By James R. Lint
Many of the leadership traits learned in the military are as applicable in the business world as they are in one’s personal life. While no single one could be considered the best, all contribute to a well-rounded person.
Military personnel can often do well in civilian business because service develops discipline. Those who do not think that the infantry teaches skills that are useable in the civilian business environment do not fully understand the lessons learned from being a squad leader or patrol leader. Military service cultivates initiative, an understanding of how to adapt to changes, the value of teamwork, and the discipline to accomplish the mission.
The Marine Corps offers a list of traits that characterize a good leader. All apply to the business environment as well. They include judgment, dependability, integrity, decisiveness, courage, and knowledge.
Many people are a leader or NCO before leaving the military. While a young leader is in that position, they must also be tactful and unselfish. Enthusiasm, loyalty, and courage are often seen as military traits, but what business would not want enthusiasm and loyalty? Courage and integrity will help a business leader to unselfishly take the right action when needed.
The military teaches decision-making just as college teaches elements of management. The Marine Corps definition of exceptional decision-making would be valued by any business:
“Marines are prepared for anything because they train for a broad spectrum of situations. We develop Marines into leaders by constantly exposing them to training situations that require sound decisions with limited time, resources or information. Marines train to use their judgment, decisiveness and knowledge to respond quickly and appropriately because the worst decision a Marine can make in the midst of an operation is no decision at all.”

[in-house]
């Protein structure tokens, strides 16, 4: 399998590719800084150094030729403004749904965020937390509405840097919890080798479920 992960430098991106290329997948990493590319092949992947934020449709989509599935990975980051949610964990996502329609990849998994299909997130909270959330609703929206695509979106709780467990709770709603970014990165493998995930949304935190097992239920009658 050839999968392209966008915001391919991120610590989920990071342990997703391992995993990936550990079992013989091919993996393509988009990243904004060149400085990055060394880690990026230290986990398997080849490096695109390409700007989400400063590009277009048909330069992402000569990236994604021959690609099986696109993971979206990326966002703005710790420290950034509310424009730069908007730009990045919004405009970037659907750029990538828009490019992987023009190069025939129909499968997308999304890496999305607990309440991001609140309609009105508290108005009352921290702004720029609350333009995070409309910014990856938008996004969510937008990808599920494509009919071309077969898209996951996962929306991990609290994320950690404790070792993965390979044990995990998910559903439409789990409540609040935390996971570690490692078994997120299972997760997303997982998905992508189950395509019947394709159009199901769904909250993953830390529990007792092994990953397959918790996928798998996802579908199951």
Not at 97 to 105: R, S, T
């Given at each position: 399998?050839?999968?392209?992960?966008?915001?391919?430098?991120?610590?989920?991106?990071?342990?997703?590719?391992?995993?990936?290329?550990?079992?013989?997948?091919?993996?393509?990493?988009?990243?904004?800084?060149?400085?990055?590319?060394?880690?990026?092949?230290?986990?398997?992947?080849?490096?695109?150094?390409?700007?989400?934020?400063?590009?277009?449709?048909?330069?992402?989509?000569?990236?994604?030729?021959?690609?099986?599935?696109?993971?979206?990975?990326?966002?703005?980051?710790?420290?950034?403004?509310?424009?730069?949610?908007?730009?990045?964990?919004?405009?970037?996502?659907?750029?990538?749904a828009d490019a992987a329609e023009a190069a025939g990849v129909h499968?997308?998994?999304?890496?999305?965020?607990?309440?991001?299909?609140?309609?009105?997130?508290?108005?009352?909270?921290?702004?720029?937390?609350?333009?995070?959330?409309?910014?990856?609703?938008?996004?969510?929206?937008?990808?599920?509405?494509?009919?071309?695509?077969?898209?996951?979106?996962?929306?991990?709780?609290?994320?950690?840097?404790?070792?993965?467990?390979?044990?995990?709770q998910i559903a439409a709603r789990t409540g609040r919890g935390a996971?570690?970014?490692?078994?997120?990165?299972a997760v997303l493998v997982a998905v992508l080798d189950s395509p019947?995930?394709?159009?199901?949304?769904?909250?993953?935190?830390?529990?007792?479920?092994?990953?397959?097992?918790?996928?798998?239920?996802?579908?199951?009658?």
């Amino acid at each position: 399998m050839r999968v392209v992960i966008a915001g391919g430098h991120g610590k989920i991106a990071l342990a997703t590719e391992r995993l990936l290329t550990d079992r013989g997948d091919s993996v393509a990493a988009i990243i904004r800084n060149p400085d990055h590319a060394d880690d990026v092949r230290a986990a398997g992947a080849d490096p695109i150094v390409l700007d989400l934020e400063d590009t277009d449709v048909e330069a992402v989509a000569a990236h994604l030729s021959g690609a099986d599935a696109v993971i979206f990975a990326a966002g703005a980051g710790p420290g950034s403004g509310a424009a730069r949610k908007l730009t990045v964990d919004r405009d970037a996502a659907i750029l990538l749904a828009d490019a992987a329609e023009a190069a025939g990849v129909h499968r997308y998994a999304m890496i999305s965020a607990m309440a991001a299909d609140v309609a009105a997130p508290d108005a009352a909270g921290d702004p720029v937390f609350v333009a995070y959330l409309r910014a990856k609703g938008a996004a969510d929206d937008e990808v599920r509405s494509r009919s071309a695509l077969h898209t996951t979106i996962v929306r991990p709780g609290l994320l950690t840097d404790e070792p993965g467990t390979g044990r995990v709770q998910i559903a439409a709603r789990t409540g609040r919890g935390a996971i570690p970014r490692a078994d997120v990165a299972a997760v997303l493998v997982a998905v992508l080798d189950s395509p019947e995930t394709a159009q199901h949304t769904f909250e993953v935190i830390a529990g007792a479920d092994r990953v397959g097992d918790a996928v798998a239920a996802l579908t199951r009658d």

In many parts of the business world, how you react to change or changing conditions can determine success. Just as a patrol leader must quickly respond to “contact on the right flank,” a business has to respond to competitors bringing new products to the market. It is therefore valuable to have the traits and skills from the military, along with the adaptability to learn from business. It makes a winning combination.
Combining college education with the traits learned in the military further adds to the desired knowledge and skills. For employers, this combination offers them a college-educated person with discipline, skills, and a demonstrated ability to be a cohesive team player.
The Value of a Veteran in a Competitive Business Environment
Questions and Answers on Recruiting Military Veterans
Best Practices for Supporting Veterans in the Workplace
Identifying Your Skills and Strengths in the Workplace
About the Author
James R. Lint is as an Adjunct Professor at American Public University. He served in the United States military for over 20 years, in both the US Marine Corps and US Army. Lint served as Deputy Director for Safeguards & Security, Office of Science, at the Department of Energy. And prior to that, he served at the Department of Homeland Security Office of Intelligence and Analysis, where he was initially the lead cyber intelligence analyst and later the Chief of the Collection Analysis Team. He recently authored the book, “Leadership and Management Lessons Learned, A Book of Management Vignettes.”